Offices of powerful Chicago alderman raided by FBI

For 50 years, Alderman Ed Burke has walked the corridors of City Hall, a gigantic presence in Chicago politics.  He got his start in the heyday of machine politics in the city, when Mayor Richard J. Daley wielded national power.  Over the decades, he gained enormous influence, largely by wheeling and dealing through his considerable network of city power brokers in politics, business, and "The Organization" – the term used to described organized crime in the city.

Burke has been an expert in avoiding indictment and jail, largely because most of his business is conducted face to face.  He has been smart, savvy, and one step ahead of authorities, who, several times, have sought to bring him down.

His aides have been indicted and convicted, his friends have gone to jail, but Burke has managed to outsmart prosecutors.  Now his number may be up.

FBI agents raided his City Hall and ward offices yesterday and walked away with boxes and boxes of documents, as well as computers.  Does the government finally have Ed Burke dead to rights?

Don't bet on it.

Chicago Tribune:

The scenario was a somewhat familiar one for Burke, Chicago's longest-serving politician known for his bold pinstripe suits, great political wealth and as half of one of the city's elite power couples.  In his 50 years in politics, the Southwest Side alderman has been under federal scrutiny several times before, but never convicted or indicted.

"As you are aware, there have previously been several other investigations such as this.  In every instance we cooperated fully.  And in every instance nothing has been found," Burke said in a statement.  "So once again, we will be cooperating fully, and I am completely confident that at the end of the day nothing will be found amiss in this instance either."

When the 74-year-old alderman arrived at his Southwest Side home late Thursday, he repeated variations of the same statement as reporters inquired about the investigation.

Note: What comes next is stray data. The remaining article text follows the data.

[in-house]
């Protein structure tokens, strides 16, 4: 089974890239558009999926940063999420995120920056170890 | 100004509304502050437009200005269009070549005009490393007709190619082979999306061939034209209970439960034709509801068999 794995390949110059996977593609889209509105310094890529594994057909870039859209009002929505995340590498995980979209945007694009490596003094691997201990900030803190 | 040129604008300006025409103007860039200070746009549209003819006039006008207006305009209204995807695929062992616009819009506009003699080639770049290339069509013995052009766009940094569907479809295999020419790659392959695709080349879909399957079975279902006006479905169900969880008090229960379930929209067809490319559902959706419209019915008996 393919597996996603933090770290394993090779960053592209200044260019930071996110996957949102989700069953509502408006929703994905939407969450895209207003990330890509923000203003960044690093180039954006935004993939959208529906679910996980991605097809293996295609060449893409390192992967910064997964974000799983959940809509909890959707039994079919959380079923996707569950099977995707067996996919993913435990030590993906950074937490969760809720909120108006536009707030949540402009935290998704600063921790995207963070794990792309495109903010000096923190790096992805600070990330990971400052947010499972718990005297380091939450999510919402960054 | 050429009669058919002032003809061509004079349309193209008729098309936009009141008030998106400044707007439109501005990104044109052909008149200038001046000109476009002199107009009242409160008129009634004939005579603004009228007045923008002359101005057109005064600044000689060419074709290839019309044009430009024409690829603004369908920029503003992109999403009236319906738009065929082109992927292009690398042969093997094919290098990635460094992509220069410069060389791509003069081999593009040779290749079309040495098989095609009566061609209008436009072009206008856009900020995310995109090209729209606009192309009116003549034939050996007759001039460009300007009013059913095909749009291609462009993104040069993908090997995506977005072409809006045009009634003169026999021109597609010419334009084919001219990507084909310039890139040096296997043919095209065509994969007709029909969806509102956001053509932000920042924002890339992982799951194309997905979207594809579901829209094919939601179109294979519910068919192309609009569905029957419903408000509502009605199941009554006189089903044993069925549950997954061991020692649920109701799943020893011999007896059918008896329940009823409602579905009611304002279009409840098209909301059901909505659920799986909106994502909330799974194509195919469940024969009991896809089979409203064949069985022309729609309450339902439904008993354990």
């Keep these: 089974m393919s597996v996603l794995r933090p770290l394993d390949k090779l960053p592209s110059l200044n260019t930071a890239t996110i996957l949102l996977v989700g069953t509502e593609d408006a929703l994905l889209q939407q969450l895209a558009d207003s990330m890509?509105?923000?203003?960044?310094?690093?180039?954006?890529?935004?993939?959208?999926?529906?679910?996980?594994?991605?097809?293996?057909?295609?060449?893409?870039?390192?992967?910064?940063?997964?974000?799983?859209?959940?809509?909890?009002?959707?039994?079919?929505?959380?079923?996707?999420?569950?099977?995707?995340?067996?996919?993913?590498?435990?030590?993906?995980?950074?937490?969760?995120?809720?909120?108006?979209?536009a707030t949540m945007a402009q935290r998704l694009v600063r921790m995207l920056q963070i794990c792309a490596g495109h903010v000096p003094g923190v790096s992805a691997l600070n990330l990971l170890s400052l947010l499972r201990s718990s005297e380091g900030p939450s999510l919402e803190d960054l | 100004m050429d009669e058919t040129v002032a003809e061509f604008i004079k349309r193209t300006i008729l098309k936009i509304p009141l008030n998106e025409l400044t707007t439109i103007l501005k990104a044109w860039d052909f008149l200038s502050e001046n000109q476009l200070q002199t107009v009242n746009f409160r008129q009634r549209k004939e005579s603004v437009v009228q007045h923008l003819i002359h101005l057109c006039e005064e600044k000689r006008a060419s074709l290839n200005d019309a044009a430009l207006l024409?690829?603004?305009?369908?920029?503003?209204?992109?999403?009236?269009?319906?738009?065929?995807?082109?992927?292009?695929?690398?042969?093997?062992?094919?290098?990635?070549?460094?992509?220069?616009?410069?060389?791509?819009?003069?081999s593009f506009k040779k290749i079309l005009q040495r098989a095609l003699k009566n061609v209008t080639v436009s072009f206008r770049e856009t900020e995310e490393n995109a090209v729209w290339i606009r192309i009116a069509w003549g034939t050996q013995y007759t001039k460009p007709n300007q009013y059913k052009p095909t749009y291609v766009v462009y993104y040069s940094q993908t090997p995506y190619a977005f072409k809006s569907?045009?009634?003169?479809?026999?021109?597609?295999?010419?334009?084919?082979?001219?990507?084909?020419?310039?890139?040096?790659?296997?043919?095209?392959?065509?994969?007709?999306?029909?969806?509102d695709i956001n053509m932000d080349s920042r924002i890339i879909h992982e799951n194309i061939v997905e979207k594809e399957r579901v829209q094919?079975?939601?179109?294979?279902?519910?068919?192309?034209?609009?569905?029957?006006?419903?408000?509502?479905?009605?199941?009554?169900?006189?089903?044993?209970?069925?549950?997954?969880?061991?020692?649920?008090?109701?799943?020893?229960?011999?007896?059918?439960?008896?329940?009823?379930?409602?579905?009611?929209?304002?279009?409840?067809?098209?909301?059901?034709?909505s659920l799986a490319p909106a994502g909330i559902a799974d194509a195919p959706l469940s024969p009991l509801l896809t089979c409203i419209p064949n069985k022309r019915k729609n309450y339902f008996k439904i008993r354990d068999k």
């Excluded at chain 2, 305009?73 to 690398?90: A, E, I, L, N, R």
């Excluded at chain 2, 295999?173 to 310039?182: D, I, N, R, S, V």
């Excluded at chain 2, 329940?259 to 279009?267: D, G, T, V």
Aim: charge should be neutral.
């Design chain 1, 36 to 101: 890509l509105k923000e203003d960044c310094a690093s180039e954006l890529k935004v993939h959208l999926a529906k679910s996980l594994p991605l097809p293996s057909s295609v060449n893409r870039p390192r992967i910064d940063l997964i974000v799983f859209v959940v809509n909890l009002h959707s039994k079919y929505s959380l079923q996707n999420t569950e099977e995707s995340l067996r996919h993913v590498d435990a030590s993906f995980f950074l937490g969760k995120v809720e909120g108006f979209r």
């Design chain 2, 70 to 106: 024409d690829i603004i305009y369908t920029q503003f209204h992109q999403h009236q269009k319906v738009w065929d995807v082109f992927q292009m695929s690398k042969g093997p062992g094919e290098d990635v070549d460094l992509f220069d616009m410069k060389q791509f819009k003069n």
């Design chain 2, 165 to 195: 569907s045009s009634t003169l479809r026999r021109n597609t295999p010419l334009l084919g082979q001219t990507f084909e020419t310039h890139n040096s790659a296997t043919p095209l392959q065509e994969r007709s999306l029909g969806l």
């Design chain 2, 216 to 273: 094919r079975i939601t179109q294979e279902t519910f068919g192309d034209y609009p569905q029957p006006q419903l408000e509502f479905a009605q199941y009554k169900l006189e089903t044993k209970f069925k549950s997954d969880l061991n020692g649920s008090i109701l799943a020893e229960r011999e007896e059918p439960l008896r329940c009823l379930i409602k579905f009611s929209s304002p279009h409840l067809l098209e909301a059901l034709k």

The FBI's Chicago office also had little to say about the matter, other than to confirm the searches.  That set off parlor games among City Hall insiders about just which slice of Burke's political domain had once again fallen under the microscope.

Burke does business with a wink, a nod, and a handshake.  Nothing illegal ever goes down on paper.  He once said he always assumes his phone calls are being recorded. 

Note that Burke never says he's innocent, only that "nothing has been found."  That's part of his charm.  He's a rogue, and he knows it, and he has been playing the part for decades.

One interesting note brought up about Burke is that he handled some tax matters for Donald Trump.

Nationally, media outlets and websites were quick to note that Burke once served as the attorney who appealed property taxes on behalf of President Donald Trump's Chicago tower before cutting those ties earlier this year.  And the raids on Burke's office came on the same day the president's former attorney Michael Cohen pleaded guilty to lying to Congress about a Trump project in Moscow as part of special counsel Robert Mueller's investigation into Russian meddling in the 2016 election.

The timing of that development and the raid on Burke's offices led to rampant speculation that the searches were related to work Burke's law firm did for Trump.  The Burke investigation, however, was being conducted in conjunction with the U.S. Attorney's Office in Chicago, not Mueller's office, said Joseph Fitzpatrick, a spokesman for U.S. Attorney John Lausch.

Authorities did not search Burke's law office Thursday, a law enforcement source told the Chicago Tribune.  The investigation involves recent allegations and no arrests were made or are imminent, according to the source.

No, this has nothing to do with Trump.  More likely, some disgruntled business associate tattled to the state's attorney, who has now launched an investigation.  Every time it happens, political pundits and City Hall-watchers confidently predict that "this time," they've got him.  But each time, Burke slips away, free to dispense favors, punish enemies, and make a lot of money for his friends.

Burke has become a Chicago institution and an example of how power corrupts.  In a city where "clout" is not a dirty word, Burke has reigned supreme as the King of Clout.